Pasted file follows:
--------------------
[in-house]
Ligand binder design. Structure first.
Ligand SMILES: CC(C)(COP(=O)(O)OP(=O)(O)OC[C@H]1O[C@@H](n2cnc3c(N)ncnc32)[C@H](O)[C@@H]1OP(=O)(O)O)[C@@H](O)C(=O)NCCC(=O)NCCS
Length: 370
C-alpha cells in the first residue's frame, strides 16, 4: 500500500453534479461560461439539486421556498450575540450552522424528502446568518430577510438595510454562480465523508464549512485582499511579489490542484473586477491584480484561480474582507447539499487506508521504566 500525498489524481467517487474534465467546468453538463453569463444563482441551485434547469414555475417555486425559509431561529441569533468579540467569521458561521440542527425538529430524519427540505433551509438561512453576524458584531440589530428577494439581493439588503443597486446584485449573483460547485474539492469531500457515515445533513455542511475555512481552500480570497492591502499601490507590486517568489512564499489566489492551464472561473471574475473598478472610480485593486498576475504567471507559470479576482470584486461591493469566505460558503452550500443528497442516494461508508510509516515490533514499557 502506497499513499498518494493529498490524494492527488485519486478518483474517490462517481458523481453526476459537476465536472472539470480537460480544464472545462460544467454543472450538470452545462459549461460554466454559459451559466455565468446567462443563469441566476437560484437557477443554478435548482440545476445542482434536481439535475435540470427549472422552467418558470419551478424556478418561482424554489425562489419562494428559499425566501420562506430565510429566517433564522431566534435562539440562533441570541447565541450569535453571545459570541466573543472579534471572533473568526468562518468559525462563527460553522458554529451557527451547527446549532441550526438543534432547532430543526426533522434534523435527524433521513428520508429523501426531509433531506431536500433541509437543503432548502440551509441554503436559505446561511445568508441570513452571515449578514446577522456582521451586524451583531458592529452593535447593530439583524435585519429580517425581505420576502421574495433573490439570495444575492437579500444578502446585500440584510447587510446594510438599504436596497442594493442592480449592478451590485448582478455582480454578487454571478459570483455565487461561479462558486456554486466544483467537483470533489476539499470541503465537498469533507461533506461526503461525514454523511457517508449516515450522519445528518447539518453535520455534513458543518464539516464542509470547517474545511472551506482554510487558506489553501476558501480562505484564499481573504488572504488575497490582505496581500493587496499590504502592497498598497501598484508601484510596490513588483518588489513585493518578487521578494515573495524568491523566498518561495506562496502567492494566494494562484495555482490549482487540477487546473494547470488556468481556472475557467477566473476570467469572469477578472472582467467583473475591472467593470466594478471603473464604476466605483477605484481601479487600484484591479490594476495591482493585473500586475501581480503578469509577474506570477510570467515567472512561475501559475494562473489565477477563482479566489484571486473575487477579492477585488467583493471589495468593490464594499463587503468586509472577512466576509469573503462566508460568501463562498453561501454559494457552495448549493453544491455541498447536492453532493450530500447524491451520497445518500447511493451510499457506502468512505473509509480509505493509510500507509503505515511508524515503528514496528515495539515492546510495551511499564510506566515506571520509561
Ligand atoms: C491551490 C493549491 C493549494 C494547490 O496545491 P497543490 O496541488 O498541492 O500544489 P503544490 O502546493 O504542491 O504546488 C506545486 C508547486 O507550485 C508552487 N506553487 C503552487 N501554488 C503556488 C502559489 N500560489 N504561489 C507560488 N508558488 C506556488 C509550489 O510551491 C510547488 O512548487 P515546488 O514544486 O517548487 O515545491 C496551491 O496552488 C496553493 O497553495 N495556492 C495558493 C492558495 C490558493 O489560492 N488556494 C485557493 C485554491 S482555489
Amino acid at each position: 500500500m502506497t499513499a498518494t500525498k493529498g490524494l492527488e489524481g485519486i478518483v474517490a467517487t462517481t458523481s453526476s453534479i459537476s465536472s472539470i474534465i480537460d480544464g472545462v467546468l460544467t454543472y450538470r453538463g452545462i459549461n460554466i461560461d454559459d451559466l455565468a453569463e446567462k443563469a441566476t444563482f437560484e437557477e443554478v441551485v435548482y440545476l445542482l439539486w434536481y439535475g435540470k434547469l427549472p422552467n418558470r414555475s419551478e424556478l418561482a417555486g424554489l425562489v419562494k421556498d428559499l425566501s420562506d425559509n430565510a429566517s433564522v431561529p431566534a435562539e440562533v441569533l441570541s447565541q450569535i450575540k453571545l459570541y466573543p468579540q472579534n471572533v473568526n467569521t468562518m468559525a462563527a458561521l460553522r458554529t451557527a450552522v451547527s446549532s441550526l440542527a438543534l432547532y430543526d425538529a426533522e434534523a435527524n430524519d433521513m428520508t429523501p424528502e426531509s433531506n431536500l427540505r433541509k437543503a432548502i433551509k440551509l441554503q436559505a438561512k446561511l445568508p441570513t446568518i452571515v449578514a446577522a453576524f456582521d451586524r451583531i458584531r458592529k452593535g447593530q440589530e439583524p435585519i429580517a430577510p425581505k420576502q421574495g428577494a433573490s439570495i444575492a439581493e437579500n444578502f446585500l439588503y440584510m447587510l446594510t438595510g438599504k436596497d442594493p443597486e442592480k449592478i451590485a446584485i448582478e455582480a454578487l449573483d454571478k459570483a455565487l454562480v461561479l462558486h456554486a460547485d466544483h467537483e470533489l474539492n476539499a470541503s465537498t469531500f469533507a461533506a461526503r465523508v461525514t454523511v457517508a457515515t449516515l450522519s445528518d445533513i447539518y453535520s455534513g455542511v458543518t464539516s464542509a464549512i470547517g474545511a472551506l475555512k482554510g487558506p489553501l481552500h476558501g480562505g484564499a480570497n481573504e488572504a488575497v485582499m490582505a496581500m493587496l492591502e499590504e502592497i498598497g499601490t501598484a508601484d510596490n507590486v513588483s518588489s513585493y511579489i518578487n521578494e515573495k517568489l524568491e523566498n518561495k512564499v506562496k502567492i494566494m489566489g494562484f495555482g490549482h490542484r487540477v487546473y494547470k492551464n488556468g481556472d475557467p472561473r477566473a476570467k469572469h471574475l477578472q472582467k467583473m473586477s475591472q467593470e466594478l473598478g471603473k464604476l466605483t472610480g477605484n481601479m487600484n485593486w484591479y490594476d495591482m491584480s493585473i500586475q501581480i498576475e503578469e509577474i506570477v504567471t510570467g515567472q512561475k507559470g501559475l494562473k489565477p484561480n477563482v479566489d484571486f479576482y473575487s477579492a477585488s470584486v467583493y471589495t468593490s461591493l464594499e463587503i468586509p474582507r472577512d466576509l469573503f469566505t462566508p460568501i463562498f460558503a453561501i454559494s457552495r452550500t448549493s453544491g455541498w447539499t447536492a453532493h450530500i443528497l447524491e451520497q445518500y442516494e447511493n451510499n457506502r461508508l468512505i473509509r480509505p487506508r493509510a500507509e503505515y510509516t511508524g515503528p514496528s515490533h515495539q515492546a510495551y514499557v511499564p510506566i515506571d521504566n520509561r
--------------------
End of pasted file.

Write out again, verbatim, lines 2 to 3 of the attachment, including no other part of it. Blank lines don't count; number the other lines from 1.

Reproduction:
Ligand binder design. Structure first.
Ligand SMILES: CC(C)(COP(=O)(O)OP(=O)(O)OC[C@H]1O[C@@H](n2cnc3c(N)ncnc32)[C@H](O)[C@@H]1OP(=O)(O)O)[C@@H](O)C(=O)NCCC(=O)NCCS